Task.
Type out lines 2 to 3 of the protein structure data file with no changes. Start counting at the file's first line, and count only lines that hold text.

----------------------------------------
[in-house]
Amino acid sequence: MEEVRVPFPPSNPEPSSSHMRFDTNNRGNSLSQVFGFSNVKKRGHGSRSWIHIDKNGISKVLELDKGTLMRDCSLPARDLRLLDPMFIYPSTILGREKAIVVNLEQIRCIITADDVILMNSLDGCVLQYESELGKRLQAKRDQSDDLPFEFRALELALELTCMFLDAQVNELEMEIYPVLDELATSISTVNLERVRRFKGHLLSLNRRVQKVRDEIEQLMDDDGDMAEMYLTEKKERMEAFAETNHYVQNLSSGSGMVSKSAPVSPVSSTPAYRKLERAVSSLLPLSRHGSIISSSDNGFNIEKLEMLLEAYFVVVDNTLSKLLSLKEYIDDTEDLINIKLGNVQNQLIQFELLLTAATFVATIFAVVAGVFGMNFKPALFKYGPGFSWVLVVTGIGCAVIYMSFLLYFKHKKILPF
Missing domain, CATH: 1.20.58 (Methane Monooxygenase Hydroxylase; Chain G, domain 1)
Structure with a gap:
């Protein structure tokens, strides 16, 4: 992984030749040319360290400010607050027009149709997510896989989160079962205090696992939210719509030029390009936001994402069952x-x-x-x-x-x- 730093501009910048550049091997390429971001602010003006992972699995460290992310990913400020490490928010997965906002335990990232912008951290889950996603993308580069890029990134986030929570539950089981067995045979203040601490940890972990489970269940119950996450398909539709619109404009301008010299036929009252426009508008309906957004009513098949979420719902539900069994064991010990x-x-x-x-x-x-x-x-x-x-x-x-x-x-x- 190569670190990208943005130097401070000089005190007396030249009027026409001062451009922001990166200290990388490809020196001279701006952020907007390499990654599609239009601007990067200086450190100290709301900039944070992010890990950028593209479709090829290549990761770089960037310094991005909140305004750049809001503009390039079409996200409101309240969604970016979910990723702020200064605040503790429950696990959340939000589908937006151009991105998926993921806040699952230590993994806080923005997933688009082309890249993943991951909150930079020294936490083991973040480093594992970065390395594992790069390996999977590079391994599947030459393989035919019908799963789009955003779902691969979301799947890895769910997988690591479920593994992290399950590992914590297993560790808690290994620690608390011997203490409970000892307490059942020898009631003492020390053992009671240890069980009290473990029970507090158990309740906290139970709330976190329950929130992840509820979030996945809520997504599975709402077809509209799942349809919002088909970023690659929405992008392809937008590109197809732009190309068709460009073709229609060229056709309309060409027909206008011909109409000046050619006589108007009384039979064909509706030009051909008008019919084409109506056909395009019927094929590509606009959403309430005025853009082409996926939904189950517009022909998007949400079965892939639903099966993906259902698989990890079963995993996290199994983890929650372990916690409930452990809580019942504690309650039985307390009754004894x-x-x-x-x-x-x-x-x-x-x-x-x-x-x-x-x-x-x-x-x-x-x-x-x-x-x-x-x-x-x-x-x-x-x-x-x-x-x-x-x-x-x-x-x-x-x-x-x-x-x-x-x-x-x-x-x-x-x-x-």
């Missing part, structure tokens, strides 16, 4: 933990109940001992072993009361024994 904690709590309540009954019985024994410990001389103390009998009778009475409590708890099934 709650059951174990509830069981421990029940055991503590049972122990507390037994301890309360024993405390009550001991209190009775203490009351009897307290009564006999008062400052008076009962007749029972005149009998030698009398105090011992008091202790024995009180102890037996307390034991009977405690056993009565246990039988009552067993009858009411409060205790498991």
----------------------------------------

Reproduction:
Amino acid sequence: MEEVRVPFPPSNPEPSSSHMRFDTNNRGNSLSQVFGFSNVKKRGHGSRSWIHIDKNGISKVLELDKGTLMRDCSLPARDLRLLDPMFIYPSTILGREKAIVVNLEQIRCIITADDVILMNSLDGCVLQYESELGKRLQAKRDQSDDLPFEFRALELALELTCMFLDAQVNELEMEIYPVLDELATSISTVNLERVRRFKGHLLSLNRRVQKVRDEIEQLMDDDGDMAEMYLTEKKERMEAFAETNHYVQNLSSGSGMVSKSAPVSPVSSTPAYRKLERAVSSLLPLSRHGSIISSSDNGFNIEKLEMLLEAYFVVVDNTLSKLLSLKEYIDDTEDLINIKLGNVQNQLIQFELLLTAATFVATIFAVVAGVFGMNFKPALFKYGPGFSWVLVVTGIGCAVIYMSFLLYFKHKKILPF
Missing domain, CATH: 1.20.58 (Methane Monooxygenase Hydroxylase; Chain G, domain 1)